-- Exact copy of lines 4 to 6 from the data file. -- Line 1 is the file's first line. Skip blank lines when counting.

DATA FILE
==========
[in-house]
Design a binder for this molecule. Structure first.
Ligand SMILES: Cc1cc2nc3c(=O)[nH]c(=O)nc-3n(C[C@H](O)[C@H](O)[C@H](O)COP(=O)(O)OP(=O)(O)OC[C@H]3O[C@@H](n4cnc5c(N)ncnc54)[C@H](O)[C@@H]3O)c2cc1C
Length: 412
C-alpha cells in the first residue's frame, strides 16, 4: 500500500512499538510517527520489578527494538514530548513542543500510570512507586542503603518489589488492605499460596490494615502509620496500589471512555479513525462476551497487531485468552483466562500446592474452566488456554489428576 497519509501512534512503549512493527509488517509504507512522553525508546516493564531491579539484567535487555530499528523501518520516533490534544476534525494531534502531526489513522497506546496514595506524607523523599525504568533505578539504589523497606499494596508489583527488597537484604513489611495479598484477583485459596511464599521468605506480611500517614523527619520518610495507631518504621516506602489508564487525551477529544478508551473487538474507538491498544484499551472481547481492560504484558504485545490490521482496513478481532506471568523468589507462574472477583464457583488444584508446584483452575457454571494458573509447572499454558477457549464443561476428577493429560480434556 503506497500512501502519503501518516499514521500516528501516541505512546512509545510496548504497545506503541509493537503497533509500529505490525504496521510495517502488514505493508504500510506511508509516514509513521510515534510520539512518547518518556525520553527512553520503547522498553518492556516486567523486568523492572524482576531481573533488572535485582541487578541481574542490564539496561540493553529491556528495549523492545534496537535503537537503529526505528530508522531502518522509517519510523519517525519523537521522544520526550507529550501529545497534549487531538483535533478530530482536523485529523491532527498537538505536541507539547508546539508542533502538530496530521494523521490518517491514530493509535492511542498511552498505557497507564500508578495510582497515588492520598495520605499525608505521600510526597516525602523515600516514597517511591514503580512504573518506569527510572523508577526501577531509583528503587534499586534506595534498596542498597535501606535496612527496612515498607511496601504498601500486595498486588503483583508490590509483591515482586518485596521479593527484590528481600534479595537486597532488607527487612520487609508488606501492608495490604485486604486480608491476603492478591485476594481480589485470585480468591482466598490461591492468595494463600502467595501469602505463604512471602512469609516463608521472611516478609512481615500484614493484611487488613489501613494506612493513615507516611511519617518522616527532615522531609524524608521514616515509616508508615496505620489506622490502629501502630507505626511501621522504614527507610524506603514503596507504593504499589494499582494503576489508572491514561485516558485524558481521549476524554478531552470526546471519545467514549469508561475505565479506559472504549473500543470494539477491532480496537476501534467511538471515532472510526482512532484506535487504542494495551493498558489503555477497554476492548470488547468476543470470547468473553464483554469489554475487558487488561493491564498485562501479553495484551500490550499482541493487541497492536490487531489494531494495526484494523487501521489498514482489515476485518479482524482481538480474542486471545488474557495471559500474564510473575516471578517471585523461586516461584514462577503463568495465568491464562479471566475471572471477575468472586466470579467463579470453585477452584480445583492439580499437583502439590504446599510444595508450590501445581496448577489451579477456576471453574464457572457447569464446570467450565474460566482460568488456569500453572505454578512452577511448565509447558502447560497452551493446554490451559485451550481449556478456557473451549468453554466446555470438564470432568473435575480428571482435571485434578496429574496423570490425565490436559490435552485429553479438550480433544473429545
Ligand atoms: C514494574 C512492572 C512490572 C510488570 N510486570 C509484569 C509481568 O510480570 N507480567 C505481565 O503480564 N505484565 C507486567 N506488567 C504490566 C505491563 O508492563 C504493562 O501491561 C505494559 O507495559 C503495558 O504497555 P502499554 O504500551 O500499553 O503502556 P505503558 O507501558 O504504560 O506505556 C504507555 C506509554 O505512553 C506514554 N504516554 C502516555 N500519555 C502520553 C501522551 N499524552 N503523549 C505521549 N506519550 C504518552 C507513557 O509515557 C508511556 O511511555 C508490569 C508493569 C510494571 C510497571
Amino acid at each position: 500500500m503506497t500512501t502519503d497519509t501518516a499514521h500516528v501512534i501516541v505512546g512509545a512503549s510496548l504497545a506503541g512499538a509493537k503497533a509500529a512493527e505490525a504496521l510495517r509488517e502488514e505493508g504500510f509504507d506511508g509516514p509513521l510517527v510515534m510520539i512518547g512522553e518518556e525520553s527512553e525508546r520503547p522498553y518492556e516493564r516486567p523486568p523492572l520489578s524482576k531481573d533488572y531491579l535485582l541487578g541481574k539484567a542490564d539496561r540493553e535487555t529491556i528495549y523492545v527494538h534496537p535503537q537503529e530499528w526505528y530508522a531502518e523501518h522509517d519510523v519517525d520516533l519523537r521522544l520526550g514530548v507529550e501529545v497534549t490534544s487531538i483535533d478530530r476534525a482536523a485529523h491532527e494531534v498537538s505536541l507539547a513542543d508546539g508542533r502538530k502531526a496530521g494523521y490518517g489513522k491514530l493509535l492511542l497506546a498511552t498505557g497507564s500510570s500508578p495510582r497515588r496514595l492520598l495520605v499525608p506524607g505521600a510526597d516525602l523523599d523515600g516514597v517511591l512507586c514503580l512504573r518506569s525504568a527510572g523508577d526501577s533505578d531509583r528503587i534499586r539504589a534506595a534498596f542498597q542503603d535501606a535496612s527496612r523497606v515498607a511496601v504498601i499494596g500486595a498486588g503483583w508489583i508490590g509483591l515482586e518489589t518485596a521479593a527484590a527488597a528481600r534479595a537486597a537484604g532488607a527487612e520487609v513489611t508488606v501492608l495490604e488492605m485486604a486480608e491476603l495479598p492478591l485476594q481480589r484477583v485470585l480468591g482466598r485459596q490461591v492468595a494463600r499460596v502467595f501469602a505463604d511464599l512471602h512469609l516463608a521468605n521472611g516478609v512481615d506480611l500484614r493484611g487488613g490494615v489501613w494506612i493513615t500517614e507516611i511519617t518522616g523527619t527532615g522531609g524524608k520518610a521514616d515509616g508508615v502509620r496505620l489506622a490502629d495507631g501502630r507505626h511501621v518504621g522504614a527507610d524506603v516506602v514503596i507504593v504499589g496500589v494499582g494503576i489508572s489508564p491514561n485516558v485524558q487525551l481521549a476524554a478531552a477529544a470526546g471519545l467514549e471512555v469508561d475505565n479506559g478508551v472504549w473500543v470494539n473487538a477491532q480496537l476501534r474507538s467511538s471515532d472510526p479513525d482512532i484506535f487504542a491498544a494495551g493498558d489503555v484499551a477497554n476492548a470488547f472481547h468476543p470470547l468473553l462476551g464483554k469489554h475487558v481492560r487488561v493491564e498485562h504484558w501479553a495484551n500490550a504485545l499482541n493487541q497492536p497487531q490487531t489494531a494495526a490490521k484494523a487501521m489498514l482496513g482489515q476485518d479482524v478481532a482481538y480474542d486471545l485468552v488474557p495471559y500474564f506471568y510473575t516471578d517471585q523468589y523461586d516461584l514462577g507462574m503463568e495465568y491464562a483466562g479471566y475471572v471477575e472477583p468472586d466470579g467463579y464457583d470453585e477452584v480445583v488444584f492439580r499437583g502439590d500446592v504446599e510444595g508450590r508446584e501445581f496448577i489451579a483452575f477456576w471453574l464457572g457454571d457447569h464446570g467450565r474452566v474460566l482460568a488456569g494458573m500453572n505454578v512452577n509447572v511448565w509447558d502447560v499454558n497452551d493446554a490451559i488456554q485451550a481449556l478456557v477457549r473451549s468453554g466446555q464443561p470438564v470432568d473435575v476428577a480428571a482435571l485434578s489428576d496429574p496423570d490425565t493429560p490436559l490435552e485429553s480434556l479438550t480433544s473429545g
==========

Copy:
Length: 412
C-alpha cells in the first residue's frame, strides 16, 4: 500500500512499538510517527520489578527494538514530548513542543500510570512507586542503603518489589488492605499460596490494615502509620496500589471512555479513525462476551497487531485468552483466562500446592474452566488456554489428576 497519509501512534512503549512493527509488517509504507512522553525508546516493564531491579539484567535487555530499528523501518520516533490534544476534525494531534502531526489513522497506546496514595506524607523523599525504568533505578539504589523497606499494596508489583527488597537484604513489611495479598484477583485459596511464599521468605506480611500517614523527619520518610495507631518504621516506602489508564487525551477529544478508551473487538474507538491498544484499551472481547481492560504484558504485545490490521482496513478481532506471568523468589507462574472477583464457583488444584508446584483452575457454571494458573509447572499454558477457549464443561476428577493429560480434556 503506497500512501502519503501518516499514521500516528501516541505512546512509545510496548504497545506503541509493537503497533509500529505490525504496521510495517502488514505493508504500510506511508509516514509513521510515534510520539512518547518518556525520553527512553520503547522498553518492556516486567523486568523492572524482576531481573533488572535485582541487578541481574542490564539496561540493553529491556528495549523492545534496537535503537537503529526505528530508522531502518522509517519510523519517525519523537521522544520526550507529550501529545497534549487531538483535533478530530482536523485529523491532527498537538505536541507539547508546539508542533502538530496530521494523521490518517491514530493509535492511542498511552498505557497507564500508578495510582497515588492520598495520605499525608505521600510526597516525602523515600516514597517511591514503580512504573518506569527510572523508577526501577531509583528503587534499586534506595534498596542498597535501606535496612527496612515498607511496601504498601500486595498486588503483583508490590509483591515482586518485596521479593527484590528481600534479595537486597532488607527487612520487609508488606501492608495490604485486604486480608491476603492478591485476594481480589485470585480468591482466598490461591492468595494463600502467595501469602505463604512471602512469609516463608521472611516478609512481615500484614493484611487488613489501613494506612493513615507516611511519617518522616527532615522531609524524608521514616515509616508508615496505620489506622490502629501502630507505626511501621522504614527507610524506603514503596507504593504499589494499582494503576489508572491514561485516558485524558481521549476524554478531552470526546471519545467514549469508561475505565479506559472504549473500543470494539477491532480496537476501534467511538471515532472510526482512532484506535487504542494495551493498558489503555477497554476492548470488547468476543470470547468473553464483554469489554475487558487488561493491564498485562501479553495484551500490550499482541493487541497492536490487531489494531494495526484494523487501521489498514482489515476485518479482524482481538480474542486471545488474557495471559500474564510473575516471578517471585523461586516461584514462577503463568495465568491464562479471566475471572471477575468472586466470579467463579470453585477452584480445583492439580499437583502439590504446599510444595508450590501445581496448577489451579477456576471453574464457572457447569464446570467450565474460566482460568488456569500453572505454578512452577511448565509447558502447560497452551493446554490451559485451550481449556478456557473451549468453554466446555470438564470432568473435575480428571482435571485434578496429574496423570490425565490436559490435552485429553479438550480433544473429545
Ligand atoms: C514494574 C512492572 C512490572 C510488570 N510486570 C509484569 C509481568 O510480570 N507480567 C505481565 O503480564 N505484565 C507486567 N506488567 C504490566 C505491563 O508492563 C504493562 O501491561 C505494559 O507495559 C503495558 O504497555 P502499554 O504500551 O500499553 O503502556 P505503558 O507501558 O504504560 O506505556 C504507555 C506509554 O505512553 C506514554 N504516554 C502516555 N500519555 C502520553 C501522551 N499524552 N503523549 C505521549 N506519550 C504518552 C507513557 O509515557 C508511556 O511511555 C508490569 C508493569 C510494571 C510497571